Check out don't get caught on Facebook, where I'm floating ideas and discussing them before they appear on the blog.  It's shaping up as a great networking community for communicators.

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    Thursday, August 19, 2010

    Weekend read: My weekly share on Twitter

    I'm @dontgetcaught on Twitter, where I share news on social media strategy, communications, journalism and more--and have great conversations. I also follow a wide range of people and organizations, just to have good examples for my clients.  Here's what I was sharing in the week of August 15--if you're hungry for news and rooting around in the fridge that was the web, this was a great week:
    • Flip-like camera with 1080p?  Yes, this review on Gizmodo got my attention for the Sanyo VPC-PD2BK Full HD Pocket Movie Dual Camera. The review notes "The price for the VPC-PD2BK is only $170...It takes 10-megapixel photos, stereo sound recording, flash, SD/SDHC/SDXC card compatible, measures 2.48 x 0.87 x 4.36 and weighs 3.7 ounces. The 3X optical zoom also sets it apart."
    • Have you used Twitter to quash rumors? That's one of its strengths, says TBD.com's Steve Buttry.  While you're here, I'm happy to say Buttry will join a panel I'm organizing for the National Association of Science Writers annual meeting in November. This post is typical wisdom from him. 
    • Put an editorial guide together for content marketing, this excellent guide counsels. Even if you use an editorial calendar approach, I'm guessing you will find some new ideas here, and many good reminders.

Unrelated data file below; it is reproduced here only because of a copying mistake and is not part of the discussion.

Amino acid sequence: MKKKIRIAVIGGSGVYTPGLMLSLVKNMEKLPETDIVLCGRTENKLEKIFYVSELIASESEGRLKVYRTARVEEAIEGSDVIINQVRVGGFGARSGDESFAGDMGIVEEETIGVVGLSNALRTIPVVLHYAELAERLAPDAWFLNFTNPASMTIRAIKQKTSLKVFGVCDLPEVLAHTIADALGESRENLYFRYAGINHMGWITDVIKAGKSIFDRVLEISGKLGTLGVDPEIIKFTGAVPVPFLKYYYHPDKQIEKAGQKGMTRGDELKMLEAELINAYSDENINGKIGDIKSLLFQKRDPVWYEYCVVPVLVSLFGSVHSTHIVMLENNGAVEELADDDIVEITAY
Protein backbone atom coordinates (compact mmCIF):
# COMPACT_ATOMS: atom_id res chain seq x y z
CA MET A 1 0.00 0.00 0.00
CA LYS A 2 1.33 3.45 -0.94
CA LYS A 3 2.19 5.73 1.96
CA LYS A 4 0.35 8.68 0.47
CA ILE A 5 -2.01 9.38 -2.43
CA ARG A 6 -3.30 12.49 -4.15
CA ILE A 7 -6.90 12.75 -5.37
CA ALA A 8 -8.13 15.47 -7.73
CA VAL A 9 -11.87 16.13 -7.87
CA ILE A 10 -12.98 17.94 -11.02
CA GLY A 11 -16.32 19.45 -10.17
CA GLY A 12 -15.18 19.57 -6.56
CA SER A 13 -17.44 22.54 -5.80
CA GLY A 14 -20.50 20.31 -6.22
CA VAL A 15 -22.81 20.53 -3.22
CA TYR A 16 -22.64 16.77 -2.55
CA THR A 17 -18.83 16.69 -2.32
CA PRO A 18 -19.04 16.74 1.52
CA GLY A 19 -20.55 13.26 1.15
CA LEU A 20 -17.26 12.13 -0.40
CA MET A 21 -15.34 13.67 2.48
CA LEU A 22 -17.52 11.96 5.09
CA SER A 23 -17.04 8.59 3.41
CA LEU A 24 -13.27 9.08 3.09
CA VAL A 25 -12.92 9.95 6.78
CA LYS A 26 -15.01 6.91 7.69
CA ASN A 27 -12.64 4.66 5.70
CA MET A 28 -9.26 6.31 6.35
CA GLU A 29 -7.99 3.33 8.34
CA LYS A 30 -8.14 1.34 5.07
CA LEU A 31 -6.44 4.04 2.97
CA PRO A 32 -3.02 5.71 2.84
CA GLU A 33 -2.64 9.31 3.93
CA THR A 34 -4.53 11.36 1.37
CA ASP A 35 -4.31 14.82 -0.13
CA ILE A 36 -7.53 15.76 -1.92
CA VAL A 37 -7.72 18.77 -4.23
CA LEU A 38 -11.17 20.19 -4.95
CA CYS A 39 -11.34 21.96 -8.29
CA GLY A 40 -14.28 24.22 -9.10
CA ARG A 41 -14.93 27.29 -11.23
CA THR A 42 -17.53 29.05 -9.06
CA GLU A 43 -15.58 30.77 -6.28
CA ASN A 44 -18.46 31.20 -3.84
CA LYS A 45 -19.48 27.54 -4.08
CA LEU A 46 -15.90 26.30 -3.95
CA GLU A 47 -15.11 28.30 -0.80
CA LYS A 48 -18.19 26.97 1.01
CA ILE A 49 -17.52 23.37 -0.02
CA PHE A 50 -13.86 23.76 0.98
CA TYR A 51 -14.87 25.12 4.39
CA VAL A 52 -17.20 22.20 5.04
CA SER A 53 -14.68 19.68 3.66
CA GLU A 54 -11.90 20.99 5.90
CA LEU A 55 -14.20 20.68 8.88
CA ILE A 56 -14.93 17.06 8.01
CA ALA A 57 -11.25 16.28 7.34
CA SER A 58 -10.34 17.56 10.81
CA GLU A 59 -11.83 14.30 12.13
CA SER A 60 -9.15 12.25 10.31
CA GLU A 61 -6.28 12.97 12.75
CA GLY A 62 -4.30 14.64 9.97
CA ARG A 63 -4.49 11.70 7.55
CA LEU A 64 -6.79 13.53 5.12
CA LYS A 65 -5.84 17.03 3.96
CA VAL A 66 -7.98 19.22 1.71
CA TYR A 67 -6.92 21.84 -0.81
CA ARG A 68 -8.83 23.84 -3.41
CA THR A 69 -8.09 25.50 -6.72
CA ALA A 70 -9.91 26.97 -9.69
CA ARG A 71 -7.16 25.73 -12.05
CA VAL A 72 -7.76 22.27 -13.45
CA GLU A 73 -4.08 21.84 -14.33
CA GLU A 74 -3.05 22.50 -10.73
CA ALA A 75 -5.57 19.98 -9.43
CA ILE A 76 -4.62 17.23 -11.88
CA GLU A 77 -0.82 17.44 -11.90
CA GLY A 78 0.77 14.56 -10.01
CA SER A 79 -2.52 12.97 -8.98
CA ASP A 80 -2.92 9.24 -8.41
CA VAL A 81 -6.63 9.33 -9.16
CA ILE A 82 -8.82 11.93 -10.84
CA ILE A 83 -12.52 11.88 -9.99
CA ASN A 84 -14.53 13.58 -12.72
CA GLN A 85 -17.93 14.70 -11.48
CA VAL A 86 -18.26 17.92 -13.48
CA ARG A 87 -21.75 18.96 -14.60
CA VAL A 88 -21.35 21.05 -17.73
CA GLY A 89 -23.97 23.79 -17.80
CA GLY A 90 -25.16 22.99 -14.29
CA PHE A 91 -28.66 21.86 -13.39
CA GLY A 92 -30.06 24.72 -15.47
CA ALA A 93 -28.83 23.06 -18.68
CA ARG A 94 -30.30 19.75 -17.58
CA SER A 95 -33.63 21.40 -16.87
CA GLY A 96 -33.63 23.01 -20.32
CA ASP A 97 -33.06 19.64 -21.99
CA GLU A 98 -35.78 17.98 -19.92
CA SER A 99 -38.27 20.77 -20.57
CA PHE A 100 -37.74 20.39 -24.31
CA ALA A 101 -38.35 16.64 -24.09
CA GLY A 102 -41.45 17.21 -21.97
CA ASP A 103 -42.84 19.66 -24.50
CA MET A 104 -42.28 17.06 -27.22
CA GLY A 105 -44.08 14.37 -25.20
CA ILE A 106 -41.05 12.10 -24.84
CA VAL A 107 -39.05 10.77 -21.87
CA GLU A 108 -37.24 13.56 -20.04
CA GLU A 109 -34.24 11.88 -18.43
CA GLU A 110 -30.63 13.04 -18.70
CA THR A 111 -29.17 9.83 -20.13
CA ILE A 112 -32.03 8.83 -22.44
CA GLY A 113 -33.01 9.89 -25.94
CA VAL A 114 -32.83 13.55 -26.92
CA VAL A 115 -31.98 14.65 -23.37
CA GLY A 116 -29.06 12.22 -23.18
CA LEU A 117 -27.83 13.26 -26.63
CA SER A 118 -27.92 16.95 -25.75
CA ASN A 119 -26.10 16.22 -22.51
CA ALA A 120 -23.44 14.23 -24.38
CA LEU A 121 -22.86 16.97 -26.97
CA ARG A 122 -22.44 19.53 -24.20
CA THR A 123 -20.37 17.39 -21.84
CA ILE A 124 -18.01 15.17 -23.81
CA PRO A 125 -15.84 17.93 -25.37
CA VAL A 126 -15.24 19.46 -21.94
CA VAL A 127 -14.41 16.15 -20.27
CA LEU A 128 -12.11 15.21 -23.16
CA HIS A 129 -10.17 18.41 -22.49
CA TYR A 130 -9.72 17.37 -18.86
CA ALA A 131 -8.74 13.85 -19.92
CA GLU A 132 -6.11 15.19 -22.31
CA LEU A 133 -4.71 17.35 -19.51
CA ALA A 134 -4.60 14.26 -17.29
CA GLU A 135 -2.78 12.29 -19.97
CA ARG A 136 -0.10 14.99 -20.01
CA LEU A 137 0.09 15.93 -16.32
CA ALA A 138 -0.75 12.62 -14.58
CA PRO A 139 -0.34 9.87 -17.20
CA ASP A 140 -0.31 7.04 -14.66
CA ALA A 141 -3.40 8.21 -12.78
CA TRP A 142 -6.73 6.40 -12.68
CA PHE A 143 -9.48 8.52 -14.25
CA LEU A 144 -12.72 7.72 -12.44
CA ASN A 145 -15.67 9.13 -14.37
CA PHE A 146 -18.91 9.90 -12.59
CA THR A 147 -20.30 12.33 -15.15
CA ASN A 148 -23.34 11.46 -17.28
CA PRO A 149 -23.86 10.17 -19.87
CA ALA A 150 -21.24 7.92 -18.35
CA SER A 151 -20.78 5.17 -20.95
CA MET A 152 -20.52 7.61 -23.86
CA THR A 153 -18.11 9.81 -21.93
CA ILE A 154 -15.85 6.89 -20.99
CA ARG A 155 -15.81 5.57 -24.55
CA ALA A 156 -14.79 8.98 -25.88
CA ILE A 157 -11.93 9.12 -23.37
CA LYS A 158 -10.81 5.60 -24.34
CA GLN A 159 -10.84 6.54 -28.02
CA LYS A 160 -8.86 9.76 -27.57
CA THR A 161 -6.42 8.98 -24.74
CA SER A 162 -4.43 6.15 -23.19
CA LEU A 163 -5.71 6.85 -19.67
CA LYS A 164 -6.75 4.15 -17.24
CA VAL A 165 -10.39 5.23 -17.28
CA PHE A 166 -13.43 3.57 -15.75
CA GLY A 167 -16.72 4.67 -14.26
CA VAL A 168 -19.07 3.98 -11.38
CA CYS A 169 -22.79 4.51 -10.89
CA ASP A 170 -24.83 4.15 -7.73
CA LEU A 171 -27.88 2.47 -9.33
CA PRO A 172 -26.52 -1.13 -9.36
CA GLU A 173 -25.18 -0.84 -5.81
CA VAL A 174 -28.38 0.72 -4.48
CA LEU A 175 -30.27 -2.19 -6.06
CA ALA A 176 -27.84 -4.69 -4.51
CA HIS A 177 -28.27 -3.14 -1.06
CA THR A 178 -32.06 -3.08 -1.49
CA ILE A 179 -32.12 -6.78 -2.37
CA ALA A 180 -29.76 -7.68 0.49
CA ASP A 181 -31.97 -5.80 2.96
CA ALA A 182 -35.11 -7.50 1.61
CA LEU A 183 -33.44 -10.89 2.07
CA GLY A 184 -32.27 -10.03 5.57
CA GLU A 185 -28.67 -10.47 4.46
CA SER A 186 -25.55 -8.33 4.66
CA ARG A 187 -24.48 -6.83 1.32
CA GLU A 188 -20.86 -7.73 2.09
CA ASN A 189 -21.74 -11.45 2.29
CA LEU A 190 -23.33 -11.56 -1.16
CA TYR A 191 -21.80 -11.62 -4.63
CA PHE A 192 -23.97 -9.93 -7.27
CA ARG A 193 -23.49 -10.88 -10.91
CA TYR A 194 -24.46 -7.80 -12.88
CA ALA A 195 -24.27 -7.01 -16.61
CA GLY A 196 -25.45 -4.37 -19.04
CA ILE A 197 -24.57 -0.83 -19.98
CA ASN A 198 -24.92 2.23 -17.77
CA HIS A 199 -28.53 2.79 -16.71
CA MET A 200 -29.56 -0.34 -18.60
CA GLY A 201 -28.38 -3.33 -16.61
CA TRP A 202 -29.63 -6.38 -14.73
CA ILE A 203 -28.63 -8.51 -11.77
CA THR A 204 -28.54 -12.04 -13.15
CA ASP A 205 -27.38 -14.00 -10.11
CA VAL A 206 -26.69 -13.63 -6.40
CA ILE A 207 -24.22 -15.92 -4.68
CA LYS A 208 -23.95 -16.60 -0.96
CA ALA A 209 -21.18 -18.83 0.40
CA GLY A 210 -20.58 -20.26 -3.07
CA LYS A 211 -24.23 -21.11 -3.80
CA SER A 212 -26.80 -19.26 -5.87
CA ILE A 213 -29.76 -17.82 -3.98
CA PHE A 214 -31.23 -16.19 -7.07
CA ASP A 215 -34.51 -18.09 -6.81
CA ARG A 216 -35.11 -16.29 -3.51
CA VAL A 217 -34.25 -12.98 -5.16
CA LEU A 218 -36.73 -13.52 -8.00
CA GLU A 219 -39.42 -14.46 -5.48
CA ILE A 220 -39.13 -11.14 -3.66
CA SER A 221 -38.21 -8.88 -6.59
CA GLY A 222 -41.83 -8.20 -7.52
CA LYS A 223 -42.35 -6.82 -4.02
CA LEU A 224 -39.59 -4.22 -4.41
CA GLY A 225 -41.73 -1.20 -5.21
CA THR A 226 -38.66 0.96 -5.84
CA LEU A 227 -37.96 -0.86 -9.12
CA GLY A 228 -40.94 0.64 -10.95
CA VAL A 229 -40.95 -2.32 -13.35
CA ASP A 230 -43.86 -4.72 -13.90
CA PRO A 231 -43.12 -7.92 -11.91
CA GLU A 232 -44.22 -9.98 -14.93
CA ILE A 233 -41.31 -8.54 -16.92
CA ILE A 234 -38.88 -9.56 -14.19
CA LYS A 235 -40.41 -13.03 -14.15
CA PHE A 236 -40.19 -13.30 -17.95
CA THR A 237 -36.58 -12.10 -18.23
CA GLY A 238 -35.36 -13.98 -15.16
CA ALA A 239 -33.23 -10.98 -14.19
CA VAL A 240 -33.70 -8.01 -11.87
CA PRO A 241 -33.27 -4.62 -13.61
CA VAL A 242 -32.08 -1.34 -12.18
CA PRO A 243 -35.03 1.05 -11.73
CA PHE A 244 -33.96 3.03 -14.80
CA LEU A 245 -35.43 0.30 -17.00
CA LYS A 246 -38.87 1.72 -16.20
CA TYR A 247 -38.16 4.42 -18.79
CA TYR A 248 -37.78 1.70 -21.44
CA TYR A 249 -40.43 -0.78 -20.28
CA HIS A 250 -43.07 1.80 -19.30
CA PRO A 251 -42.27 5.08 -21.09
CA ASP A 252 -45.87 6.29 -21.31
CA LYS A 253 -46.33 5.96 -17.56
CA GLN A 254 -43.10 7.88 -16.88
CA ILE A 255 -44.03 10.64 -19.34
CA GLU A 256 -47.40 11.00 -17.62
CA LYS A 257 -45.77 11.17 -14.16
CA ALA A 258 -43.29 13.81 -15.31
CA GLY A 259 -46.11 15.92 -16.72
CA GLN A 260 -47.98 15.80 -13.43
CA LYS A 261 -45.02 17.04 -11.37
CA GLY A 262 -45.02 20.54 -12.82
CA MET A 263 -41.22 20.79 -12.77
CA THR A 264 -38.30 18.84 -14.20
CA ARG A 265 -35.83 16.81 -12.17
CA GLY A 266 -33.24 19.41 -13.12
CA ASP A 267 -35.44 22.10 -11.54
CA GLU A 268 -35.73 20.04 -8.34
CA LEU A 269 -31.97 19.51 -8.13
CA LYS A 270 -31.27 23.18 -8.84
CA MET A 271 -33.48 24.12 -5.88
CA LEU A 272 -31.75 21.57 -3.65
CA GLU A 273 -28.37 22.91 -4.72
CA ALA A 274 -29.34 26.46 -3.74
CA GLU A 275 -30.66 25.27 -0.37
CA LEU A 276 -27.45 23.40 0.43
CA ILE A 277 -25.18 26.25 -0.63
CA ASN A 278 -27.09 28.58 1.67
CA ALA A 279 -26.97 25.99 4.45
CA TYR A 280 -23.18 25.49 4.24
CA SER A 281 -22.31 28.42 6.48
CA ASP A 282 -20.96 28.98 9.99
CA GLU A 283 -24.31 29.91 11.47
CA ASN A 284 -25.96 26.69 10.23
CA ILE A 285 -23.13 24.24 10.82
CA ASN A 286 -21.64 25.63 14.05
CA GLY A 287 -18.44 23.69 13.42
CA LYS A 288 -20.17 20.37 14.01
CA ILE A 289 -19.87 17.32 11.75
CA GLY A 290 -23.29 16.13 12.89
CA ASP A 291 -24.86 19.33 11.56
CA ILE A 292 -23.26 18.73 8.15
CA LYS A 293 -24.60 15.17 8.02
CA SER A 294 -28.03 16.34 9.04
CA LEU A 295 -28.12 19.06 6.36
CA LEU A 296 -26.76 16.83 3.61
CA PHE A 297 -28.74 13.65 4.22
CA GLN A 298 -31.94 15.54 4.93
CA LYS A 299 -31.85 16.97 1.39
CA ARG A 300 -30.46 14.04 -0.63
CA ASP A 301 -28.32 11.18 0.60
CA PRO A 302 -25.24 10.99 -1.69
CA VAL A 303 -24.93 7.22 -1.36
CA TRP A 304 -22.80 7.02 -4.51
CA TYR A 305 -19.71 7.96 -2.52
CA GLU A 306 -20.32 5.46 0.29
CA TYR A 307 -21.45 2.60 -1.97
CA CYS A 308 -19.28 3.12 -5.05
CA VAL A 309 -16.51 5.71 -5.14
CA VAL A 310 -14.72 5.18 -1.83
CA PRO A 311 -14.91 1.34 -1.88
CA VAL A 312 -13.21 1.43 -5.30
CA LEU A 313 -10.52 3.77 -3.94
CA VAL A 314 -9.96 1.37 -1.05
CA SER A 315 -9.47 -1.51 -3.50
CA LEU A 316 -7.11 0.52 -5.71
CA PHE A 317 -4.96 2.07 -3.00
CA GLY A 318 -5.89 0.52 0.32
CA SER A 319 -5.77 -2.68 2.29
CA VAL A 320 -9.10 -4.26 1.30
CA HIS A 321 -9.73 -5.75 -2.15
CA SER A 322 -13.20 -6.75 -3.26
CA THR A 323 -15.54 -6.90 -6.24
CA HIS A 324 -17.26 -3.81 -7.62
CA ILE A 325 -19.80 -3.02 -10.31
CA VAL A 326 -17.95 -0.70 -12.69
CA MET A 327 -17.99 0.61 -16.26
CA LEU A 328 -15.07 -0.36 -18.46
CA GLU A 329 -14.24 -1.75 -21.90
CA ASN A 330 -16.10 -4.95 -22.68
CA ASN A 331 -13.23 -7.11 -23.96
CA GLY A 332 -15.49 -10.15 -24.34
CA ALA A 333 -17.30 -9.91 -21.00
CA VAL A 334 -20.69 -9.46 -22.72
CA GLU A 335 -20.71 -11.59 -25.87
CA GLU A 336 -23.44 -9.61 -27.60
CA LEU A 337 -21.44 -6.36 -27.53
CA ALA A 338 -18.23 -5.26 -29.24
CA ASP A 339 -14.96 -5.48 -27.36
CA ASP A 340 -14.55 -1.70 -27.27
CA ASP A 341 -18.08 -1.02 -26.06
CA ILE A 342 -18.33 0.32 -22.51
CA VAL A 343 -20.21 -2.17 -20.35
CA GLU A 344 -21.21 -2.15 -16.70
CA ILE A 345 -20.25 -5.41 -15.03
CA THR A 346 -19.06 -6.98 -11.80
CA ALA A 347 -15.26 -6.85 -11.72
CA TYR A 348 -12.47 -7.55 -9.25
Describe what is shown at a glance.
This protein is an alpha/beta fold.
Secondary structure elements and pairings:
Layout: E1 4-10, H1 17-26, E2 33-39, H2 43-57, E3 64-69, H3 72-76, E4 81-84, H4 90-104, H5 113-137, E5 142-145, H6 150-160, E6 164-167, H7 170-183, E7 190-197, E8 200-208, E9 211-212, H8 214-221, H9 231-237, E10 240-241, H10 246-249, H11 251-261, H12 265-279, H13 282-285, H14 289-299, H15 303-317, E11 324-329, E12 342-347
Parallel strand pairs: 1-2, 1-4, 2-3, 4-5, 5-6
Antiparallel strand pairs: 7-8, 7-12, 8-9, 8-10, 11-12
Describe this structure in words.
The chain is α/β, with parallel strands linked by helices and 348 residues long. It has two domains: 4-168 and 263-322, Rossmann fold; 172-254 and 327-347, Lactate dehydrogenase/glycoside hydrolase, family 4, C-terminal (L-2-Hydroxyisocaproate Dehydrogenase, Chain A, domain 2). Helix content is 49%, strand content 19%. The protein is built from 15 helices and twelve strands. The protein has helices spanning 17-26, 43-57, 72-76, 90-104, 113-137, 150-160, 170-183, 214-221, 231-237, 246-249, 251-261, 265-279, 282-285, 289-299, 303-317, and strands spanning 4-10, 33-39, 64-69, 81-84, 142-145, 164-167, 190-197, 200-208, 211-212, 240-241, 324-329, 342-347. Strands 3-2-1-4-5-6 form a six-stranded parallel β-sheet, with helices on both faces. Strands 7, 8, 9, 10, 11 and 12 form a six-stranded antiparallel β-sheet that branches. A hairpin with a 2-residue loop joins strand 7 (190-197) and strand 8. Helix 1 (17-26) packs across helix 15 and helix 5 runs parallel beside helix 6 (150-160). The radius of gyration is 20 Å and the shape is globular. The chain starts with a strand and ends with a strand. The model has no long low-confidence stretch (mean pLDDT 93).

• You need these six secrets on audience participation if you're a speaker or presenter. The excellent Olivia Mitchell reviews a new book on the topic to give you the takeaways.
    • Looking for sound effects? The Freesound Project offers sound effects with Creative Commons licenses, described in this Lifehacker post.
    • If you're used to thinking about earned, owned and paid media, start wrapping your mind around shared media, described here using Facebook as the example in a useful post from All Facebook.  Pop this into your metrics file.
    • Are you asking the 8 wrong questions PR firms are asking about social media? Check this useful list, then stop. Alternatives provided.
    • Facebook Places debuted this week, and already, here's a guide to adjusting your privacy settings to avoid being tagged as to your location by others.
    I'd love to hear your reactions, ideas and any posts you'd like to share in the comments. Enjoy the weekend!

    Wednesday, August 18, 2010

    NPR shares detailed stats on its online, mobile usage

    It's no secret that NPR's been pushing innovative approaches to merge radio with online and social media offerings. Now you can get a glimpse into the results all those platforms are producing for the network in this SlideShare presentation, and the related post on NPR.org.  It's an hour-by-hour analysis that includes mobile apps as well as website statistics.  Check out this rich array--it's a good model for measurement of your own results.